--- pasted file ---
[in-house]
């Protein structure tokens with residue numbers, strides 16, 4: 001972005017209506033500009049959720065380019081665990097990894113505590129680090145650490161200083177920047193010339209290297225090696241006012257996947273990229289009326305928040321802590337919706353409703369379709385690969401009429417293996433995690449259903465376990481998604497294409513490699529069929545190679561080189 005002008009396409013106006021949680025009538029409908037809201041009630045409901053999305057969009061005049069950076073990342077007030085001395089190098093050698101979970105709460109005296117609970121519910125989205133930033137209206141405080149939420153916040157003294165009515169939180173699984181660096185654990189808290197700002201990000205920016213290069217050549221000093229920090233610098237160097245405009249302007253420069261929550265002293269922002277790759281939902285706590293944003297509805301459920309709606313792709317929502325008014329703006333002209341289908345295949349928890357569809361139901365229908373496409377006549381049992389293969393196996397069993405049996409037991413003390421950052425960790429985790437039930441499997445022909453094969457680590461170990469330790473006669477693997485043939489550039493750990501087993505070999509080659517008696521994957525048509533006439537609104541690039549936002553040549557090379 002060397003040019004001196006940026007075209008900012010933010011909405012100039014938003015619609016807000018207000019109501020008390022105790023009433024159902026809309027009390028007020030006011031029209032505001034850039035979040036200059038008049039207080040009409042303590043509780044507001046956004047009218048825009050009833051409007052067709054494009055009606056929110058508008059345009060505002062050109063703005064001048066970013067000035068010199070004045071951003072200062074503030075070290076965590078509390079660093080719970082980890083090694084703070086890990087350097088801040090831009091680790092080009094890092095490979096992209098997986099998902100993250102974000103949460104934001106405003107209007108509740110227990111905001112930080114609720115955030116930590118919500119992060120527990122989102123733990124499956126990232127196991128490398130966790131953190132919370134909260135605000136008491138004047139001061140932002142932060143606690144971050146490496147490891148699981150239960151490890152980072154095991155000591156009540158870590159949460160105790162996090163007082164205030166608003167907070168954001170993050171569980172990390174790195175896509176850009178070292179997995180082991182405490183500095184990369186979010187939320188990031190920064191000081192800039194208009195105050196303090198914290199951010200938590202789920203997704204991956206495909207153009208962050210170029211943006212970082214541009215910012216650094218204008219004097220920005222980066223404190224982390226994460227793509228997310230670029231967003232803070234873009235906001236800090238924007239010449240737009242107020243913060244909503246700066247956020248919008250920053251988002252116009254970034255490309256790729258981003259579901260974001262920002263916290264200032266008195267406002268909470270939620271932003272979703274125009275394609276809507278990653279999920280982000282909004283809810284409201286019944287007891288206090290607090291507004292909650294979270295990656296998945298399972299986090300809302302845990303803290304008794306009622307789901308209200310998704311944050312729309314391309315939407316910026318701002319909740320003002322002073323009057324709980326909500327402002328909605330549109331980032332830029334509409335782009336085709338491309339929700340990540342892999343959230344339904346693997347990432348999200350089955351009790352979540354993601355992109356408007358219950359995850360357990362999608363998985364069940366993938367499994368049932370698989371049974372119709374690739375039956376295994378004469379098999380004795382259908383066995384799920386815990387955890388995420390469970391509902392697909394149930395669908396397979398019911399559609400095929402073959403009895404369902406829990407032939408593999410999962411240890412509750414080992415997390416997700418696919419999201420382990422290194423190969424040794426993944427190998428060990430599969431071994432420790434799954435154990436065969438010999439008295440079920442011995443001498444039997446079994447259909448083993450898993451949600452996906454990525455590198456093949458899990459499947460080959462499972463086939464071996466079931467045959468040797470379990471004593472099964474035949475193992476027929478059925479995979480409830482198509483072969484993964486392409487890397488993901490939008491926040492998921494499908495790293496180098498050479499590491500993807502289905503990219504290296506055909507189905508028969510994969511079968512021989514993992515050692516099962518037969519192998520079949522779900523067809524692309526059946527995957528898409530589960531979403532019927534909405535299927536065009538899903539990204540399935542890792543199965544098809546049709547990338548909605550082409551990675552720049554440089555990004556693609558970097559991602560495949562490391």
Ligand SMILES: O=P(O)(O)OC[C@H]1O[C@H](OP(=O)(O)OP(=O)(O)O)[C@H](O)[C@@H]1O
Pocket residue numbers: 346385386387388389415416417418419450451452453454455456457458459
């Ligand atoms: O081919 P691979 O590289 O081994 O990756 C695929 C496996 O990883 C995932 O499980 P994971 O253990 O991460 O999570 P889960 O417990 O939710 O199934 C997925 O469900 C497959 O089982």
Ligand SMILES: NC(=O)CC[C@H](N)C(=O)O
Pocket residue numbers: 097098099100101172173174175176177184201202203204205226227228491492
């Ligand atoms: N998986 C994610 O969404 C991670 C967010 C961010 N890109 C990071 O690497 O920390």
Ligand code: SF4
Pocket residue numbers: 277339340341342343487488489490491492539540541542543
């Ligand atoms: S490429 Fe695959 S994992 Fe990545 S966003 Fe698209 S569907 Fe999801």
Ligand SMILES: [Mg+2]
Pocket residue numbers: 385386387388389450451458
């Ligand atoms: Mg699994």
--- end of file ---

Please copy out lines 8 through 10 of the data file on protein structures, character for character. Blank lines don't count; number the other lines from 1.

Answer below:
């Ligand atoms: N998986 C994610 O969404 C991670 C967010 C961010 N890109 C990071 O690497 O920390």
Ligand code: SF4
Pocket residue numbers: 277339340341342343487488489490491492539540541542543